today, we return to see how little has changed. the united nations is warning that thousands of south sudanese are in urgent need of emergency aid. the un humanitarian corridor said a major operation is now a party. the fighting erupted last week when zero armed members marched on the remote town in the northeast of the capital. an east african correspondent send us this report. >> this is south sudan, home to a crisis. united nations troops and soldiers are protecting what is pretty much a ghost town. last week, the people lived here fled to fearing an attack by a
rival tribe. a few families have trickled back, but tens of thousands are leaving out in the bush. no one to protect them from an army of men. these -- about 6000 of them have been attacking, torching villages, and shooting and the people they find. this is why they are all fighting, to steal each other's capital. these animals are like the bank. during some of the cattle grades, tens of thousands are taken. all this pilot is happening in a country just six months old. there was euphoria and much of south saddam went broke away from the north after years of civil war. the government needs to work hard to prevent a return to civil war. it also must build the bridges between the rival ethnic groups.
only then will have a chance of keeping this fragile nation together. one of mississippi delta u, america's poorest places, has never quite managed to shake off the reputation for racial inequality. when a young photographer studied the area in 1967, the images he captured helped bring national attention to the region's plight. the last 40 years have brought some improvement. not nearly enough. ♪ >> in the mississippi delta, change comes slowly. sometimes, it does not come at all. in this town, time seems to have
forgotten. a civil-rights worker in the 1960's, he knows this region well. her house is tiny, home to three people and seven cats. she recognizes images of the old neighborhood. >> this was your house? ♪ >> we still live in the same environment. >> of the old houses have gone, others have been torn down. unemployment and poverty remain. >> we were assured by the city administration at that time that this would be cleaned up. it is still year, 45 years
later. ♪ >> some things have changed her programs like this preschool center for low income children. the need is still great. >> when i look at in terms of number of children considered in poverty, 93,209. that is a lot of children. " for adults, job training programs try to tackle unemployment. in the 1960's, infectious diseases ravaged the delta. now there are jobs to be had dealing with obesity and diabetes. >> the younger generation, they do not have anything to do. they do not have any jobs, no public transportation.
they do not have any place to go. they're all standing around. do and what they can to survive. >> -- doing what they can to survive. >> there is competition from asia, the plants are closing, and there is no sign of anything taking their place. he has watched the delta evolved since the tumultuous days of the 1960's. gone are the violence and coercion that defined daily life for african-americans. >> paradise is not here. what really has happened is we have the into the democratic base for having a free society, and open society. the process is working. >> the character of poverty has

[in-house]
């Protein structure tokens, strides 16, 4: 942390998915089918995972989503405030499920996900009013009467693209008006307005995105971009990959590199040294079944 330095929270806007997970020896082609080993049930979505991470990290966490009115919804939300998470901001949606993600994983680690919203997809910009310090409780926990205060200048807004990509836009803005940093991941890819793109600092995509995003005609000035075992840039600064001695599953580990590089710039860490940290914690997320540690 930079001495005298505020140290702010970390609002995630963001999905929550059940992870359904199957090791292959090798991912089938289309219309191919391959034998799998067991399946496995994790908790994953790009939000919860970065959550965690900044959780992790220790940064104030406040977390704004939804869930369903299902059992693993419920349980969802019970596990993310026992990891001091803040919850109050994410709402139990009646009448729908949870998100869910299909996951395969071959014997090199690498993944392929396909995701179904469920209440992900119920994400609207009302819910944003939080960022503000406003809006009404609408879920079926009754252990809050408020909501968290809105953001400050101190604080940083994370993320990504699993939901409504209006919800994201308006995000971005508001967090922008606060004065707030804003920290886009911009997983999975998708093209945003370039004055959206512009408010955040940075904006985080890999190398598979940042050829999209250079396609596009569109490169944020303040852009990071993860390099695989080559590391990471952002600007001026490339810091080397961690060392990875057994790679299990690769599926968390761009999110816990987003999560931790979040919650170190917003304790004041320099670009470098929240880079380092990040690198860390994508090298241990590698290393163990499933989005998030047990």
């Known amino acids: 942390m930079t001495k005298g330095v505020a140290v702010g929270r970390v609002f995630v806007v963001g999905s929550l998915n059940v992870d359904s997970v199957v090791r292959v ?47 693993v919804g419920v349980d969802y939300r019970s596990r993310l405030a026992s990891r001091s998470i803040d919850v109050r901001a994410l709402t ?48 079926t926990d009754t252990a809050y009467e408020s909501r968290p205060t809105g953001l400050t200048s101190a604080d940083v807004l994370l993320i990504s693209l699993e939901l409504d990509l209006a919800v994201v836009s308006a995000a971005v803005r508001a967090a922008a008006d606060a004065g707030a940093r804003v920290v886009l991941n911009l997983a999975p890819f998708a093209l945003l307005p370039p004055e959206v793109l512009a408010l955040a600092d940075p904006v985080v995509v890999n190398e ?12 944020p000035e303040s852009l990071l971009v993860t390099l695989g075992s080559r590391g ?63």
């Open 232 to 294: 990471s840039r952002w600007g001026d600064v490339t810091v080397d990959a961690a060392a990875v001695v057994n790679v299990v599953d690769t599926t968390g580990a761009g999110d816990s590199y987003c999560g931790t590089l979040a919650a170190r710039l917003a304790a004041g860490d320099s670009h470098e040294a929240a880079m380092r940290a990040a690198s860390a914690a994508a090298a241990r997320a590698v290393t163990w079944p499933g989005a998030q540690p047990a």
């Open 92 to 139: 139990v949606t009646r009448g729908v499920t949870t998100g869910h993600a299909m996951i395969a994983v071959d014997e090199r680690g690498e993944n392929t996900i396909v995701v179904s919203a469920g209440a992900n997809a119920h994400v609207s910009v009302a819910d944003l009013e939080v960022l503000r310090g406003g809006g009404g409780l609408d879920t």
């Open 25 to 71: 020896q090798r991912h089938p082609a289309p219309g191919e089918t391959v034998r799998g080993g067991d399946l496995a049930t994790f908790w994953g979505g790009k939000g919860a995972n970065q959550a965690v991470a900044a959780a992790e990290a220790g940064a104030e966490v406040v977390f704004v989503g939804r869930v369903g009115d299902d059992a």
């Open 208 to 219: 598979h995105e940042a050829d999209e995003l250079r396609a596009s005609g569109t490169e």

changed. year after year, the statistics show this is still the poorest corner of the poor state. >> the portrait of the mississippi delta. if only the animals went been -- went in two by two, the keepers of the zoo would have an easier day. they all have to be counted, right down to the last insect. >> they are counting all the animals at london zoo. pelicans, even the chickens. welcome to be humid world of the giant galapagos.
these animals are rather easy to count. >> 1, 2, 3. >> i think it is 3. >>the llamas are helping out. other animals or little more tricky. butterflies, stick insects -- he is in there somewhere. >> it is not an easy job to count them. they all looked very similar. it is very important to know exactly what we've got. you enter all the information into huge databases. make sure we have all the genetics mapped out.
>> counts and aboutcamels isn't so bad. >> head counts have been going on for decades. these pictures from the london zoo are from 1940. accurate data bases all-out zoos to attract breeding programs. some of the animals, like these jellyfish, are so mesmerizing, blasting you want to do is count them. but they will be counted along with the rest. >> that brings tonight show to a close. there is much more on our website. thank you so much for watching.
>> make sense of international news. bbc.com/news. >> funding for this presentation is made possible by -- the freeman foundation of new york, stowe, vermont, and honolulu newman's own foundation and union bank. >> you are no longer in the service. only an outsider can find the double agent. >> i'll do my utmost. >> from john le carre -- >> all i want from you is one code name. >> it will take a master spy -- >> you are alone. >> you can't mention me. >> to catch a spy. >> you have to assume they're watching you. >> what the hell are you doing up here? >> things aren't always what they seem. >> "tinker tailor soldier spy." >> rated r.